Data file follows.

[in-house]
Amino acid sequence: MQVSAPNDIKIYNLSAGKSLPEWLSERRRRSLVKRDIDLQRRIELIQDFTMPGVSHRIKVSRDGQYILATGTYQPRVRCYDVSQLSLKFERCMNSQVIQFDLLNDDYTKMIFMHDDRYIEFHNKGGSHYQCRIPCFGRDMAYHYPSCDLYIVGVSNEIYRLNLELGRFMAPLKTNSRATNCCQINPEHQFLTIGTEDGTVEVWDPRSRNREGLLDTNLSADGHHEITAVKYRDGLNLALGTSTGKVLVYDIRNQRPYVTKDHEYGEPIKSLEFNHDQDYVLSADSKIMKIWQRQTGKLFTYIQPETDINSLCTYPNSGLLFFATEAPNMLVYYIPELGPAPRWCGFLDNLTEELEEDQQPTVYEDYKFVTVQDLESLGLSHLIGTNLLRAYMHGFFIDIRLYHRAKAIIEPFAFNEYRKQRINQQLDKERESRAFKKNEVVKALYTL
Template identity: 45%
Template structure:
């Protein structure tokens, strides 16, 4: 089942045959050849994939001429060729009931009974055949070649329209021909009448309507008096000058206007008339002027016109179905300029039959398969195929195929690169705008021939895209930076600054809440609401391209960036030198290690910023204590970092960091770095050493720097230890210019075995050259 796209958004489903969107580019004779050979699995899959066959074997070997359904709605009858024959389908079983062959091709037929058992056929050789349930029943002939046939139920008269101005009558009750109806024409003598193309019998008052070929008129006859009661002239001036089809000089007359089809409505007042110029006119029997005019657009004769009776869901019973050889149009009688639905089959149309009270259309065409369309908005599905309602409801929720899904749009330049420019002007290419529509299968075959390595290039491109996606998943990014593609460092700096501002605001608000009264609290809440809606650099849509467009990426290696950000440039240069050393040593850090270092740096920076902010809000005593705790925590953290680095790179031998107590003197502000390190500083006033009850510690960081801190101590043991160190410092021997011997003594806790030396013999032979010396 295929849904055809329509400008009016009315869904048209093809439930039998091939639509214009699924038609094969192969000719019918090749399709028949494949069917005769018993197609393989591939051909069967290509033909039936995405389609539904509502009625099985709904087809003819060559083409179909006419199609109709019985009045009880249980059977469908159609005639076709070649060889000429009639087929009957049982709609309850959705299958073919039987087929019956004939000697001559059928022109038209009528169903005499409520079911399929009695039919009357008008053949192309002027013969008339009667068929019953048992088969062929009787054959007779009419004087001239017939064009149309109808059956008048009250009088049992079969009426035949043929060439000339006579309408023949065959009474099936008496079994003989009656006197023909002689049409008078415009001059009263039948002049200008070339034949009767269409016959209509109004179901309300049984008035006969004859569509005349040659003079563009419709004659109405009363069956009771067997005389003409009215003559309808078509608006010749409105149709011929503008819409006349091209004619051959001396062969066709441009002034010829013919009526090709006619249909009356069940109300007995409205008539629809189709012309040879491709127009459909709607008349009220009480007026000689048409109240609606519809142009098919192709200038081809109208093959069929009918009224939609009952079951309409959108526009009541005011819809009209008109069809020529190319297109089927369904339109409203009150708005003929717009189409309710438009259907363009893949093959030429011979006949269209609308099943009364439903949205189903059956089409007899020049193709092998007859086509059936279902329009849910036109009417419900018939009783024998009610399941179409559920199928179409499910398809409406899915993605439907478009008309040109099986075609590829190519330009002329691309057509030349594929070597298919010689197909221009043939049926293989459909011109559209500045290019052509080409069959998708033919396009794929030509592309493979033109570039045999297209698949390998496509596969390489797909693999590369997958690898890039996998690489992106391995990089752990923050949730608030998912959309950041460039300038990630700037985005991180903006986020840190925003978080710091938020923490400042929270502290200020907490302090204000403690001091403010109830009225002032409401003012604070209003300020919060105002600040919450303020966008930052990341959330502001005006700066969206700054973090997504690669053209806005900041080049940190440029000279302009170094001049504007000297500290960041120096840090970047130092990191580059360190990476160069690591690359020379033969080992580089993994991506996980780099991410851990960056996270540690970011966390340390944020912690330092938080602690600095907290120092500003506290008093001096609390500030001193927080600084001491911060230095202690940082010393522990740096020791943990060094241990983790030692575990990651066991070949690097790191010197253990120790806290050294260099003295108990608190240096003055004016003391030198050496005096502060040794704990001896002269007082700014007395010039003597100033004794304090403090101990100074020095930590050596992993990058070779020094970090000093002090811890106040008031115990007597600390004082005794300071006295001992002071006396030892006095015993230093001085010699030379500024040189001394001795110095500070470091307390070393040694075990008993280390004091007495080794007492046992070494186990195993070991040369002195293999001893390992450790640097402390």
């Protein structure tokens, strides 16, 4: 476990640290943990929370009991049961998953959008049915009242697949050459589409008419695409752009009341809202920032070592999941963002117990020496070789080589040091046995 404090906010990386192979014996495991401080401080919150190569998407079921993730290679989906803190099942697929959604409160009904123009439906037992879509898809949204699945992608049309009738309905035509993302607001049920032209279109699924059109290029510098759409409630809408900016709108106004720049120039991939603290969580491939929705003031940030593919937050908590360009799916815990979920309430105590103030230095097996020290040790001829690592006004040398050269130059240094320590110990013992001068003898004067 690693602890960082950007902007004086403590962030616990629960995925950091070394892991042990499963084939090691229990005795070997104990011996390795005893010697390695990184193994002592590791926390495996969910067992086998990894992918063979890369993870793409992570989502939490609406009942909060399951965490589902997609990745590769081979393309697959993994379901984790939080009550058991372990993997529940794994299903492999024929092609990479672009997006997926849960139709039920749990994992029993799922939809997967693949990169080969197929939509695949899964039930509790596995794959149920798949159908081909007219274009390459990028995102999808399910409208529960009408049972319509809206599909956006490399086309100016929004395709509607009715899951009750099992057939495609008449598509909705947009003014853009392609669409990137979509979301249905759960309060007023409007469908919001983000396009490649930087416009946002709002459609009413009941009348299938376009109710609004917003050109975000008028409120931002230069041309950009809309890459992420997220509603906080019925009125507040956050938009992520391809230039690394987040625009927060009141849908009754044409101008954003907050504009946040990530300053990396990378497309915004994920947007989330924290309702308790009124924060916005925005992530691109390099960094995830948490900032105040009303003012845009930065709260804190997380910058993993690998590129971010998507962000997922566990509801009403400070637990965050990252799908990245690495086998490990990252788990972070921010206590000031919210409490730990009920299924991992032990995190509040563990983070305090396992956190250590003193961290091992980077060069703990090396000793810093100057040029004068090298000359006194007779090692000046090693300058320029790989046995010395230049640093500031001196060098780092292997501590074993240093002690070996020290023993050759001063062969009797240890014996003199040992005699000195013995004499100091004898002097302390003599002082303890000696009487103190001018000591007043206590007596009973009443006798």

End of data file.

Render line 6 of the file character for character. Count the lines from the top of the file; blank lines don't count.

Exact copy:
């Protein structure tokens, strides 16, 4: 476990640290943990929370009991049961998953959008049915009242697949050459589409008419695409752009009341809202920032070592999941963002117990020496070789080589040091046995 404090906010990386192979014996495991401080401080919150190569998407079921993730290679989906803190099942697929959604409160009904123009439906037992879509898809949204699945992608049309009738309905035509993302607001049920032209279109699924059109290029510098759409409630809408900016709108106004720049120039991939603290969580491939929705003031940030593919937050908590360009799916815990979920309430105590103030230095097996020290040790001829690592006004040398050269130059240094320590110990013992001068003898004067 690693602890960082950007902007004086403590962030616990629960995925950091070394892991042990499963084939090691229990005795070997104990011996390795005893010697390695990184193994002592590791926390495996969910067992086998990894992918063979890369993870793409992570989502939490609406009942909060399951965490589902997609990745590769081979393309697959993994379901984790939080009550058991372990993997529940794994299903492999024929092609990479672009997006997926849960139709039920749990994992029993799922939809997967693949990169080969197929939509695949899964039930509790596995794959149920798949159908081909007219274009390459990028995102999808399910409208529960009408049972319509809206599909956006490399086309100016929004395709509607009715899951009750099992057939495609008449598509909705947009003014853009392609669409990137979509979301249905759960309060007023409007469908919001983000396009490649930087416009946002709002459609009413009941009348299938376009109710609004917003050109975000008028409120931002230069041309950009809309890459992420997220509603906080019925009125507040956050938009992520391809230039690394987040625009927060009141849908009754044409101008954003907050504009946040990530300053990396990378497309915004994920947007989330924290309702308790009124924060916005925005992530691109390099960094995830948490900032105040009303003012845009930065709260804190997380910058993993690998590129971010998507962000997922566990509801009403400070637990965050990252799908990245690495086998490990990252788990972070921010206590000031919210409490730990009920299924991992032990995190509040563990983070305090396992956190250590003193961290091992980077060069703990090396000793810093100057040029004068090298000359006194007779090692000046090693300058320029790989046995010395230049640093500031001196060098780092292997501590074993240093002690070996020290023993050759001063062969009797240890014996003199040992005699000195013995004499100091004898002097302390003599002082303890000696009487103190001018000591007043206590007596009973009443006798």